If your educational nonprofit needs ideas for peer-to-peer events to help you reach your fundraising goals, you’re in the right place. We’ve identified four successful events from other educational nonprofits that you can adapt and try at your own organization. Whether you’re a school or agency that supports educators, these event examples succeeded in providing much-needed funds for these organizations.
1. Run to Advance Christian Education (R.A.C.E.)
The Christian School Association of Greater Harrisburg’s Run to Advance Christian Education (R.A.C.E.) event performed exceptionally well. This is likely because rather than adults signing up to run a race, this event asks students to participate instead. Students ran the race and recruited sponsors to donate for each lap they ran. This event is successful because the students are motivated to help their schools. They’re backed by their parents and their parents’ social network to raise funds through their own performance.
Students could be sponsored by their parents’ job, church, and extended family. Suddenly one lap could be worth quite a bit of money. In total, the Christian School Association of Greater Harrisburg raised more than $94,000 and beat their $90,000 goal in 2019. This means that the students outperformed the goal set by the organization by four percent!
2. 9th Annual Fore the Kids Golf Tournament
The next great event example is Spectrum360’s 9th Annual Fore the Kids Golf Tournament. The event is a day-long golf tournament at a New Jersey country club benefiting the kids the organization serves. Participants socialized, golfed, and enjoyed post-golf entertainment. That included a cocktail hour, dinner, awards presentation, and auction leading to the conclusion of their event.
The Fore the Kids Golf Tournament is entering its tenth year. This long-standing event succeeds because it gives participants a fun and upscale event experience they wouldn’t otherwise have. At least, not unless they were members of the country club themselves. Guests could play eighteen holes of golf on the club’s course and then enjoy an after-tournament dinner and cocktail hour. The auction subevent provides an additional fundraising opportunity guests can participate in. Their 2019 golf tournament raised more than $160,000 and beat their fundraising goal by two percent!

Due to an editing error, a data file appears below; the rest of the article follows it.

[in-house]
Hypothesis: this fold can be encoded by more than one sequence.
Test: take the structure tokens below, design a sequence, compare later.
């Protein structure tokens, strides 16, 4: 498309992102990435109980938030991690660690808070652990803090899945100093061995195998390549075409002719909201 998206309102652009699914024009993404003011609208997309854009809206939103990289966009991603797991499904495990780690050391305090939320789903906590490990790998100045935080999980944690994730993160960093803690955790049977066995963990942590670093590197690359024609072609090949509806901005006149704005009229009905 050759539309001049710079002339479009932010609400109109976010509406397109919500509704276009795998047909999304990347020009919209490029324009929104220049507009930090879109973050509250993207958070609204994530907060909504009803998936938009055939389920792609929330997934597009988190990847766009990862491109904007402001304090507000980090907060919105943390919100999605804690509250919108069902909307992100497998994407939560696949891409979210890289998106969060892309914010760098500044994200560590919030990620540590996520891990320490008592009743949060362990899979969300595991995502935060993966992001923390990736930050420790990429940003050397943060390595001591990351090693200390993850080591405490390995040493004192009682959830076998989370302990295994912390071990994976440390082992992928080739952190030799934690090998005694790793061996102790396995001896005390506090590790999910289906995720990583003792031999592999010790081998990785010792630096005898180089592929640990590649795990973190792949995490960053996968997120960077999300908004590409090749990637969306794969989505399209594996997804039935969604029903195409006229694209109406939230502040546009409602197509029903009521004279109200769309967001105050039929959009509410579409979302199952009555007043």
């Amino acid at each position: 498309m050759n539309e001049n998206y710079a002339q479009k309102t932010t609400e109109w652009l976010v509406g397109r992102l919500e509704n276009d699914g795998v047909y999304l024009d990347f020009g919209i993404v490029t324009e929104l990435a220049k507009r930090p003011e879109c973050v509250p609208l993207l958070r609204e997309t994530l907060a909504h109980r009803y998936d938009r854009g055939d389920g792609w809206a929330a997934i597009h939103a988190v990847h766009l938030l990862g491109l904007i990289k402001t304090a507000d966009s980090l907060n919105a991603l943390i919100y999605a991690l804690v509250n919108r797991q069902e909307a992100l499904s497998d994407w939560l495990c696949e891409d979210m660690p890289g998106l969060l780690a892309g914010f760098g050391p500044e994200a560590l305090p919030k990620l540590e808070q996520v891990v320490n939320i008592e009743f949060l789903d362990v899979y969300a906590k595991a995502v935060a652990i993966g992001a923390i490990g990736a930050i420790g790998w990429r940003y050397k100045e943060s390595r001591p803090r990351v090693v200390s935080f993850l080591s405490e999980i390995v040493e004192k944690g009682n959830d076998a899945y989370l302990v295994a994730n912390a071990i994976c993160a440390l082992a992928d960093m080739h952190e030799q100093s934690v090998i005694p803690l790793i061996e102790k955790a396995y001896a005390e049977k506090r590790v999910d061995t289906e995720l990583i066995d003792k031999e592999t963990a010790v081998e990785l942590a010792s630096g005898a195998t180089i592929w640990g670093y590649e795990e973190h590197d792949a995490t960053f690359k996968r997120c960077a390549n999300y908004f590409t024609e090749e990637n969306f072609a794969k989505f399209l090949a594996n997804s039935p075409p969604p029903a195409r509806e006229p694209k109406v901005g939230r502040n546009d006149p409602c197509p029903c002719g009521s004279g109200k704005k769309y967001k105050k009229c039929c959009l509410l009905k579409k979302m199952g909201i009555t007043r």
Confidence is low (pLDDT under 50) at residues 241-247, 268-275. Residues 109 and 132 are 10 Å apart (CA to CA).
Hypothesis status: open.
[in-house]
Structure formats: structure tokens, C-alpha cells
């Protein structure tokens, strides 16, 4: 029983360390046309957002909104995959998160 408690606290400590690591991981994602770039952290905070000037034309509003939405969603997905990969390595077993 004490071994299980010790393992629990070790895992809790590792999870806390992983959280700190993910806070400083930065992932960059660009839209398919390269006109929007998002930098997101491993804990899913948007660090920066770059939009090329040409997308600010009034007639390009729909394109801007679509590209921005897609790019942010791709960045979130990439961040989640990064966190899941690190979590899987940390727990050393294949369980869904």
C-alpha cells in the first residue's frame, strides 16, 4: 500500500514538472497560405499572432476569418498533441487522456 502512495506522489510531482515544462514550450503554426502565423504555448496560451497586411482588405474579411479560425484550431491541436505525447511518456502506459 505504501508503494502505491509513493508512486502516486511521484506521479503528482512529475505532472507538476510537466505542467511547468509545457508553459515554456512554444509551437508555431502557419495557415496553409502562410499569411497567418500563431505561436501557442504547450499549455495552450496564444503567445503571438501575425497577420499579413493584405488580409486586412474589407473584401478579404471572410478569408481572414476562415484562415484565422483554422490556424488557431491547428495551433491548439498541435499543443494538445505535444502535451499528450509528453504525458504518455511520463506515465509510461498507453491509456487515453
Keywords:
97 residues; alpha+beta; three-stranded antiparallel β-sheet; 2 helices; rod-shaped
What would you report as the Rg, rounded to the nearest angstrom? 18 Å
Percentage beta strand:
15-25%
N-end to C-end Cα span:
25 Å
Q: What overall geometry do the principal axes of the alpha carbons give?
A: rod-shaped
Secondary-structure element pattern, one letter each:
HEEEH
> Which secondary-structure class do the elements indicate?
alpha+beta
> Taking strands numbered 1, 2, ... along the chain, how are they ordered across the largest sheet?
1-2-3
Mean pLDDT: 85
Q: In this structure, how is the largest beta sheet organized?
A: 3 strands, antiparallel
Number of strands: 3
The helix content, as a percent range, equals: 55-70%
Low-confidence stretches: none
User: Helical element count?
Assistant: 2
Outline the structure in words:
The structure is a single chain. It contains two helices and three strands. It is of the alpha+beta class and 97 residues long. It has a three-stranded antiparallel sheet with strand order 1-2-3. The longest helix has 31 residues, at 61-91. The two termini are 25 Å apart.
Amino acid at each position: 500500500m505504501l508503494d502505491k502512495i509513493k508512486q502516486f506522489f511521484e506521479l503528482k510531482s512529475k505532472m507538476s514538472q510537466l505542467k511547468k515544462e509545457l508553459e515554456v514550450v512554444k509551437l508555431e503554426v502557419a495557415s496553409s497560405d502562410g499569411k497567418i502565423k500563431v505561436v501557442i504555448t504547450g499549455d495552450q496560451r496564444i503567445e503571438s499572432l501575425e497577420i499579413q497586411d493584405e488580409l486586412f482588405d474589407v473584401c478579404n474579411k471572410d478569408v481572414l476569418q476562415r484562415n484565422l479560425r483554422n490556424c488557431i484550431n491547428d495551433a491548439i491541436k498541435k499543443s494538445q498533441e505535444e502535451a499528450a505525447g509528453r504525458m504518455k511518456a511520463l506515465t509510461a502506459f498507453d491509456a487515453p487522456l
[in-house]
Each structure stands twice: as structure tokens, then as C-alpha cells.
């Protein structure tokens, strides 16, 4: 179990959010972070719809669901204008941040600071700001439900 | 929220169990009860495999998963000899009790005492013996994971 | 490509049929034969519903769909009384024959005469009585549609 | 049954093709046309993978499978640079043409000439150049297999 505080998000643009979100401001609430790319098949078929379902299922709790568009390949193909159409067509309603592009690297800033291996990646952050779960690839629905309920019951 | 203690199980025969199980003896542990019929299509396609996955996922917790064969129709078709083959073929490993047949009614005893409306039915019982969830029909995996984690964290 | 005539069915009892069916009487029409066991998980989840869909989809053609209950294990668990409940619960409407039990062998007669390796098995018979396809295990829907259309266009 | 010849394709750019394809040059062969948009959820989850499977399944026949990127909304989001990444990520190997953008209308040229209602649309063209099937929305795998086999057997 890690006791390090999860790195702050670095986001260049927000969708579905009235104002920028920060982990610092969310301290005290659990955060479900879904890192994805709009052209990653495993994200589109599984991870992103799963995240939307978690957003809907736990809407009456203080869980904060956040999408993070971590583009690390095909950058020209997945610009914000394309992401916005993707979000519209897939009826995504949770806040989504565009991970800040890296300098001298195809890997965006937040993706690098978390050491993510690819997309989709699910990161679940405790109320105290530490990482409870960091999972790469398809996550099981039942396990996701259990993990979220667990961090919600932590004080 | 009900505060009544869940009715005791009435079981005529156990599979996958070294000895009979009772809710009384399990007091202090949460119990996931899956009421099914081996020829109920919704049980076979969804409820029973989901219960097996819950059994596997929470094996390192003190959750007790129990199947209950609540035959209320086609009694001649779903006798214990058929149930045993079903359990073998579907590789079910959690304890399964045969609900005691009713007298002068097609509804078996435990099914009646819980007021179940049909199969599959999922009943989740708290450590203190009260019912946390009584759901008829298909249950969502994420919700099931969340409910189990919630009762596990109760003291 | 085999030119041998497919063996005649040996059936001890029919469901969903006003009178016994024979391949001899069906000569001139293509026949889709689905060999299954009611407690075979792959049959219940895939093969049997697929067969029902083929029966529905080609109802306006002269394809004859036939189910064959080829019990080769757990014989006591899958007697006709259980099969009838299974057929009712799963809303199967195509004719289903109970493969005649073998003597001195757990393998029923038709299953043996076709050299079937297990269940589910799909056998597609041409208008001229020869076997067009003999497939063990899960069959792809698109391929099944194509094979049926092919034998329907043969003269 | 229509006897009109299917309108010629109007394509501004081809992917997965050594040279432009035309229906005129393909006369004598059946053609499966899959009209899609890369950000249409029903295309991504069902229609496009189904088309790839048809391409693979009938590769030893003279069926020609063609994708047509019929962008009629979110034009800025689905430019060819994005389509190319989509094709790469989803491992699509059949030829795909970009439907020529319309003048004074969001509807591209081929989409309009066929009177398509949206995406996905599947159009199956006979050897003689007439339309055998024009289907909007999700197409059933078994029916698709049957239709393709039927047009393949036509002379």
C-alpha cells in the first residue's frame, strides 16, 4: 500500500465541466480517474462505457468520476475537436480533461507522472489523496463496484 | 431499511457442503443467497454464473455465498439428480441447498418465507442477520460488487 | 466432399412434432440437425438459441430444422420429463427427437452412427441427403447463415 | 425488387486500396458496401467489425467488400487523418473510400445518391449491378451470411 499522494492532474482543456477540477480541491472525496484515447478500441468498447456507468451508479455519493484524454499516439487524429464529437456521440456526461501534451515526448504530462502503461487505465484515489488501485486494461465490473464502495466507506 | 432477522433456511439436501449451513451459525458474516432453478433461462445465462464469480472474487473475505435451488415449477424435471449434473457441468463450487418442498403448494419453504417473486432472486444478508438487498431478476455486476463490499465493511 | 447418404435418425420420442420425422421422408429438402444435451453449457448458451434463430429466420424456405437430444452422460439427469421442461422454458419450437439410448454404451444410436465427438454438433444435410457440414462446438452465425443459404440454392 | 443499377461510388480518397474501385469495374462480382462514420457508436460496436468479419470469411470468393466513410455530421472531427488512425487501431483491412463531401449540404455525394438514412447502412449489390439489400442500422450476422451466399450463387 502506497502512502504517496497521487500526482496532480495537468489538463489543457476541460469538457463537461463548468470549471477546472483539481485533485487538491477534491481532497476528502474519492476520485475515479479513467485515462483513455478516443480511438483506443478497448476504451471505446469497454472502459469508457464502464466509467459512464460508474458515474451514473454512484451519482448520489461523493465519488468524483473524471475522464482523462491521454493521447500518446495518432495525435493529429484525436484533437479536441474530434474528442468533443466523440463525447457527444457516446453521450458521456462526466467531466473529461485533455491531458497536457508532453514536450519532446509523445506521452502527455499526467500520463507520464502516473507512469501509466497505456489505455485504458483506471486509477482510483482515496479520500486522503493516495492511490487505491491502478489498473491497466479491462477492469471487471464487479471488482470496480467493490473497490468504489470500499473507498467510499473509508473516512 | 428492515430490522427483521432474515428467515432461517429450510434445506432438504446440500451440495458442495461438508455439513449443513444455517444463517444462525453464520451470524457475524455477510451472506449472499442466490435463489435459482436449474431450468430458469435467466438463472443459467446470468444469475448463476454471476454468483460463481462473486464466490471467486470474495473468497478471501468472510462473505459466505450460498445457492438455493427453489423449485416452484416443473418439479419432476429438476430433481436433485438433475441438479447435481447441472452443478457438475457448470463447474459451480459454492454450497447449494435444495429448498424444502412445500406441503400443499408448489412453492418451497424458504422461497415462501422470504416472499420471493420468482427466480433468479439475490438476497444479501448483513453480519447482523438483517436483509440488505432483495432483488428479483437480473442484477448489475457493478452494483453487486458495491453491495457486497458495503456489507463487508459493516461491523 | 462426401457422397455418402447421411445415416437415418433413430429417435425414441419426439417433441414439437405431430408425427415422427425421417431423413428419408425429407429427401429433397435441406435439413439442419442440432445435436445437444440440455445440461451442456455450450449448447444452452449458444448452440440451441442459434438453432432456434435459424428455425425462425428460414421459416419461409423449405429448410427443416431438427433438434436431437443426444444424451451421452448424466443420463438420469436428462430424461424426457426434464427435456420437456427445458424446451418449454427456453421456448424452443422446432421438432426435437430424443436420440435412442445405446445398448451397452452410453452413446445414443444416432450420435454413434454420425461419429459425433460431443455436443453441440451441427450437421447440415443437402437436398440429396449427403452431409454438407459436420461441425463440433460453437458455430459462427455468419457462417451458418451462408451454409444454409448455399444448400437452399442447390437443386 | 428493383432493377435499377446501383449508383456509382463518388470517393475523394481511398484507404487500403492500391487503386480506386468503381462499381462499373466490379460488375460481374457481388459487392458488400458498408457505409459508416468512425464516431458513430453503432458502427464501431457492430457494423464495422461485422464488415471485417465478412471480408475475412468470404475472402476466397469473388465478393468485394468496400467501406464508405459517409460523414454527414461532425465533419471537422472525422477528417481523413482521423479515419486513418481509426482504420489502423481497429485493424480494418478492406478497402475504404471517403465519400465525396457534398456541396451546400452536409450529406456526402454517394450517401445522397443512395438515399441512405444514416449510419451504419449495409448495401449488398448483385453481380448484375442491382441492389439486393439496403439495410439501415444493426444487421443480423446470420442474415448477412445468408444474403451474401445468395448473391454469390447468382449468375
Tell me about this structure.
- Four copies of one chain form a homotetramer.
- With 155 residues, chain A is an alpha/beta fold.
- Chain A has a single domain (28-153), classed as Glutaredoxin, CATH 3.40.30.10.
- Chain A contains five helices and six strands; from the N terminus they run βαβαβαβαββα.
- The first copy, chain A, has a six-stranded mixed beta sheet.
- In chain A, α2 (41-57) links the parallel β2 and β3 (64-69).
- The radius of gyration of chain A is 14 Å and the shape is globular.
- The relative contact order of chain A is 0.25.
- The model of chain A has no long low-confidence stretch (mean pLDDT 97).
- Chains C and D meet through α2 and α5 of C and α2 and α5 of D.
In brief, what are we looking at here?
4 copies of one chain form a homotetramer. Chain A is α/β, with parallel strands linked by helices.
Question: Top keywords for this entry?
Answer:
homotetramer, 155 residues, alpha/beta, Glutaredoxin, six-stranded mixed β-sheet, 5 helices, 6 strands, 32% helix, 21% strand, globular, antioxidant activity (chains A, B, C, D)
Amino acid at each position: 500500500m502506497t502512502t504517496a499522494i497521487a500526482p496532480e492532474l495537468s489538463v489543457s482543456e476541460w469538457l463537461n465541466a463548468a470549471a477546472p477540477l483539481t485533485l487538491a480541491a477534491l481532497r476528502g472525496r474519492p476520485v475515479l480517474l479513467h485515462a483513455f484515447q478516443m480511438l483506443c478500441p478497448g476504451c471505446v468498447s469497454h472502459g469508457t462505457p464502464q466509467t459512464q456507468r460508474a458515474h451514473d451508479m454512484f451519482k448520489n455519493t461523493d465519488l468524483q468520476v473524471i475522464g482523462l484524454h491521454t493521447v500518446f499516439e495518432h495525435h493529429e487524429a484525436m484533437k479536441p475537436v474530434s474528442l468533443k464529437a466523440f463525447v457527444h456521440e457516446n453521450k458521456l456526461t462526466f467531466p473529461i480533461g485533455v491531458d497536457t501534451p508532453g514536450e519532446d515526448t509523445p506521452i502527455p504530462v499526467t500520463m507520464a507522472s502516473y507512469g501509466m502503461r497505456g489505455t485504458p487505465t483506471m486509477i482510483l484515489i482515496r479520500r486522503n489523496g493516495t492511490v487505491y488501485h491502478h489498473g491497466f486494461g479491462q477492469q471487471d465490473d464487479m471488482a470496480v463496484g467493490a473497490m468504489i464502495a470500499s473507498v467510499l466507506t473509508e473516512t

3. 2019 Robot Fun Run
Loganville Christian Academy’s 2019 Robot Fun Run brought in $54,000. Like the Christian School Association of Greater Harrisburg’s event, students were the participants and adults sponsored them to raise funds for each “victory lap.”
This was not Loganville Christian Academy’s first fun run event, but it was their first with a robot theme. The organization keeps their fun run event interesting by changing the theme annually; they’d previously hosted a Glow Fun Run with a similar format and a different theme. This year’s event was robot themed because proceeds went toward the installation of a modern innovation lab for elementary students. They adapted their theme to match their fundraising need. They even offered robot-themed prizes for the children who brought in the most donations.
While they didn’t reach 100% of their fundraising goal, the students raised ninety percent of the funds needed. That’s something to be(ep boop beep) proud of!
4. California State University San Marcos 2019 Giving Day
California State University San Marcos hosted a 2019 Giving Day peer-to-peer event with no in-person event or activity to complete. By creating a giving event with no physical location, the university raised funds with no event costs. That meant every dollar raised was pure profit! People participated by giving.
Another advantage to this event was that users could choose where to direct their contribution. That makes a digital giving day event a good solution for educational nonprofit organizations raising money for multiple funds. Rather than choose one fund to promote or one event per fund, they created fundraising teams for each funding area. Donors then gave to the team that represented their funding area of interest. This made finding a specific fund easy. It also meant the college could rank donors’ giving preferences (that’s some valuable donor data!).
Before applying matching gifts, the university already raised more than $185,000 during the 24-hour event. Donors supported more than 60 different funds!
Your educational nonprofit can benefit from a great peer-to-peer event. These four events from Qgiv clients are easy for other organization to emulate. They’ve raised significant funds to benefit students and the organizations themselves. Your educational nonprofit could also achieve this success by hosting similar events—just add your own spin and watch it take off!
New to peer-to-peer fundraising? Check out our Peer-to-Peer Fundraising Ultimate Guide for practical advice on planning and hosting peer-to-peer fundraising events.